Photo Credit: Frank Kovalchek

Slices of Life: Making a Living

Slices of Life:  Making a Living

Hope Sunrise HS

Hope Sunrise HS

The economics of the Eastern Kenai has largely been resource driven. In order to make a living, particularly in the earlier days, it required a fair bit of grit, resourcefulness, and willingness to try just about anything.  This page explores the economics of this region.


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TERN LAKE:  Road Construction on the Eastern Kenai

This is Now and That was Then:  Episode 7
Relevance: ***

In order for the Kenai to grow economically, roads had to be built. Considering the jumble of mountains that make up the area, this was no easy feat.  This episode takes a look at the necessity and the history of road construction in the Eastern Kenai Peninsula.


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DREAM OF THE NORTH: Alaska Nellie

Trails Across Time:  Pgs 68-69
Relevance: ***

Nellie Lawings was determined to live in Alaska. The question, though, was how was she going to make a living? This reading illustrates the pratice, so common in Alaska, of reinventing oneself and doing whatever is necessary to make a living.


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RUSSIAN AMERICA

Secondary Curriculum:  Chapter 5
Relevance: ***

What were the economics of the Russian sea otter trade? What was the social and economic role of the indigenous people who were caught up in the trade? This lesson uses a shared-inquiry to analyze business correspondence between Baranov and Shelikhov.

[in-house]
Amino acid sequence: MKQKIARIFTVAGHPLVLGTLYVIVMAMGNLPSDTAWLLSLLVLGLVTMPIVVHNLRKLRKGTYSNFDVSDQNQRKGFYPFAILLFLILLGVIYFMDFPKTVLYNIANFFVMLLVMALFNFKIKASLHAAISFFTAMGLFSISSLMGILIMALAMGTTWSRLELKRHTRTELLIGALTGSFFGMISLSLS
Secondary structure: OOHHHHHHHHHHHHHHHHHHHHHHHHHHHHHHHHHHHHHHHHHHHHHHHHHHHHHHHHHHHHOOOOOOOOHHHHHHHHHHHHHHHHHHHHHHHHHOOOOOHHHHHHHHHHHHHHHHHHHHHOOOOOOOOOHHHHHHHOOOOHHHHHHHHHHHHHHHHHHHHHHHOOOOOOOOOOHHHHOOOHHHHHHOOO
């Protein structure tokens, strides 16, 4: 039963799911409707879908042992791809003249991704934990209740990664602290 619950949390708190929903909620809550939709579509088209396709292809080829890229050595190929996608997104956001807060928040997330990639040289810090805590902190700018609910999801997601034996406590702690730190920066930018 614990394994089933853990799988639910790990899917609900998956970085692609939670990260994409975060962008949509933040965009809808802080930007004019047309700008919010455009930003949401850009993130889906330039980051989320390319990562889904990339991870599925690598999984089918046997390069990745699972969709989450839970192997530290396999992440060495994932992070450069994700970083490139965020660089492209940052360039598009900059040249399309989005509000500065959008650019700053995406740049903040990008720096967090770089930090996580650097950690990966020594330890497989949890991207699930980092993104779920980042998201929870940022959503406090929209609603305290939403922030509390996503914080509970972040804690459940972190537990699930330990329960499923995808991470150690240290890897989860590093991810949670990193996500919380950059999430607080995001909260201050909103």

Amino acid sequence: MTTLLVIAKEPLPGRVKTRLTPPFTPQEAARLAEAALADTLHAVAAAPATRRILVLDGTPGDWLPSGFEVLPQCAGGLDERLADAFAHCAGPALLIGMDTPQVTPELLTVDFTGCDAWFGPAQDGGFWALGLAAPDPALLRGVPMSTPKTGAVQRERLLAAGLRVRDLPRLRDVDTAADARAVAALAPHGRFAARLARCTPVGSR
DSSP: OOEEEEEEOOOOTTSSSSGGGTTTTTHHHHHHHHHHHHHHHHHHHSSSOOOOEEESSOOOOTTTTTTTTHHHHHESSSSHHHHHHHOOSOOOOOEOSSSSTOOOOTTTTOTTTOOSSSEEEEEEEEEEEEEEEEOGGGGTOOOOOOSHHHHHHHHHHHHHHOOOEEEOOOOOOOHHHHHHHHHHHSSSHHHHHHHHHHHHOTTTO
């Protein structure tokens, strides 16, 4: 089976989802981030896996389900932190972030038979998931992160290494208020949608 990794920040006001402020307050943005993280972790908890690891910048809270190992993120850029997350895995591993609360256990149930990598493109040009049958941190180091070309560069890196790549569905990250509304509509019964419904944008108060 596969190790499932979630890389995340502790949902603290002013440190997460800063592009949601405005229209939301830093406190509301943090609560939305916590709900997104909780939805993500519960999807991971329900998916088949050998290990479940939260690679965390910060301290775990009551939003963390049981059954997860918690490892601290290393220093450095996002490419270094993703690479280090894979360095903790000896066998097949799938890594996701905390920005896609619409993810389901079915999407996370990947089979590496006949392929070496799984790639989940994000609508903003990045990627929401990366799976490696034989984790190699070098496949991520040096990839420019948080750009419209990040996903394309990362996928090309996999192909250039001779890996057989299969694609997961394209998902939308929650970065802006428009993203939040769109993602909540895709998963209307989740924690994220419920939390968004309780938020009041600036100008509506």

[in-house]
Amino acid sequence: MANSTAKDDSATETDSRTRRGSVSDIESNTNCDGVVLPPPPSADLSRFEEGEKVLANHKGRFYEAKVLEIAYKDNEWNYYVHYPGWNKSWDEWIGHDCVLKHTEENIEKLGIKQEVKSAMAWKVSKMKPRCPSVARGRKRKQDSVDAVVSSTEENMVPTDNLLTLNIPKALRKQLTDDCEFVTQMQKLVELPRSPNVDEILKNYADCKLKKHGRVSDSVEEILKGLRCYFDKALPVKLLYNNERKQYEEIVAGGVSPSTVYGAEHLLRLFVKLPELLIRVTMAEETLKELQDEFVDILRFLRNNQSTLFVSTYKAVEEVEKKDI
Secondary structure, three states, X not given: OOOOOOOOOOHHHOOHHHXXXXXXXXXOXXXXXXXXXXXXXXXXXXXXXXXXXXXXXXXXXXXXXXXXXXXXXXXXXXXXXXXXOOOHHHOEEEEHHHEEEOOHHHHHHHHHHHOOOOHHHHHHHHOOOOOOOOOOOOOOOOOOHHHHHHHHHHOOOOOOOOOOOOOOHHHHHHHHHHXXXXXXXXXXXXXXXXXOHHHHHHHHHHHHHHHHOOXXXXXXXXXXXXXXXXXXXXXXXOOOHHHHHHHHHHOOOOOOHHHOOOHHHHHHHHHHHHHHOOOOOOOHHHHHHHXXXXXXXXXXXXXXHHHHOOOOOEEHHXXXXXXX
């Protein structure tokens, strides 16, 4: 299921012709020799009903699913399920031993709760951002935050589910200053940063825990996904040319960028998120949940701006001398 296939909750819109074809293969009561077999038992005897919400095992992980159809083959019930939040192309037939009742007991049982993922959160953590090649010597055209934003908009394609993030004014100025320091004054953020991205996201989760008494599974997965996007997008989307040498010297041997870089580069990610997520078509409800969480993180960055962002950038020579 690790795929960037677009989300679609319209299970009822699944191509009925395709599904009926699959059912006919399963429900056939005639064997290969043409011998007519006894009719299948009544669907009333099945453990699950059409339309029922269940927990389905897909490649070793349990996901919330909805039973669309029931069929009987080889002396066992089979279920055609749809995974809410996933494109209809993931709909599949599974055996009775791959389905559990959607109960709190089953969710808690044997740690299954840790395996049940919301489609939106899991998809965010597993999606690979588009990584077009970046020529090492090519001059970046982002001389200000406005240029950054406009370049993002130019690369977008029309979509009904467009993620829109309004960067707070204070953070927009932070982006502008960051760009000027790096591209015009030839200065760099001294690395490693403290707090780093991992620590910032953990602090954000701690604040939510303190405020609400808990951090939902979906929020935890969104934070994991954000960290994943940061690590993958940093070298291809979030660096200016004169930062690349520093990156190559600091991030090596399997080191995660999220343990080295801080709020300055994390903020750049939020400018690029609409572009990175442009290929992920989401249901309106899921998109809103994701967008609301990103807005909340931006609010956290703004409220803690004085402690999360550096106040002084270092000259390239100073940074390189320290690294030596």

HOPE AND SUNRISE: TALE OF TWO CITIES

Secondary Curriculum:  Chapter 6
Relevance: ***
In 1900, the town of Sunrise boasted to be the largest town in the territory. A few years later it was a ghost town while its much smaller sister-town, Hope, still survived. Why? This lesson takes a look at the elements needed to create and sustain a town.

HOPE, ALASKA: A TALE OF ONE CITY

Secondary Curriculum:  Chapter 7
Relevance: ***

In order to continue to survive, Hope had to economically evolve from a gold rush town into something more sustainable. This lesson provides demographic and census data to interpret this change.

BYWAYS AND HIGHWAYS:  The Living Source

Secondary Curriculum:  Chapter 9
Relevance: **

Students are provided several ‘artifacts’ found in an abandoned truck. Among these is a hand written letter from old timer, Jack Lean. From this letter students can get a glimpse of making a living in a much earlier time.


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HOPE MUSEUM

Field Trip Notes:  Site 5
Relevance: ***

The museum in Hope is a wonderful place to learn about what was required to make a living in this mining community.  Arrange a visit and tour; you might even get a chance to ‘pan some color.’


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SEWARD’S GOOD TIME GIRLS

The Spaces Between:  Pgs 38-59
Relevance: ***

This chapter takes an academic look at the social, political, and economic implications of the Seward Red Light District. The article explains how The Line was not only tolerated but even respected by the general population. Pages 43-51 details Carol Erwin’s life as a self described hobo, madam, successful business woman, and painter.


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MEMORIES OF OLD SUNRISE:  Entire Book

Relevance: ***

The entire autobiography of Albert Morgan provides an introspective look into the economics of the Kenai  gold mining era.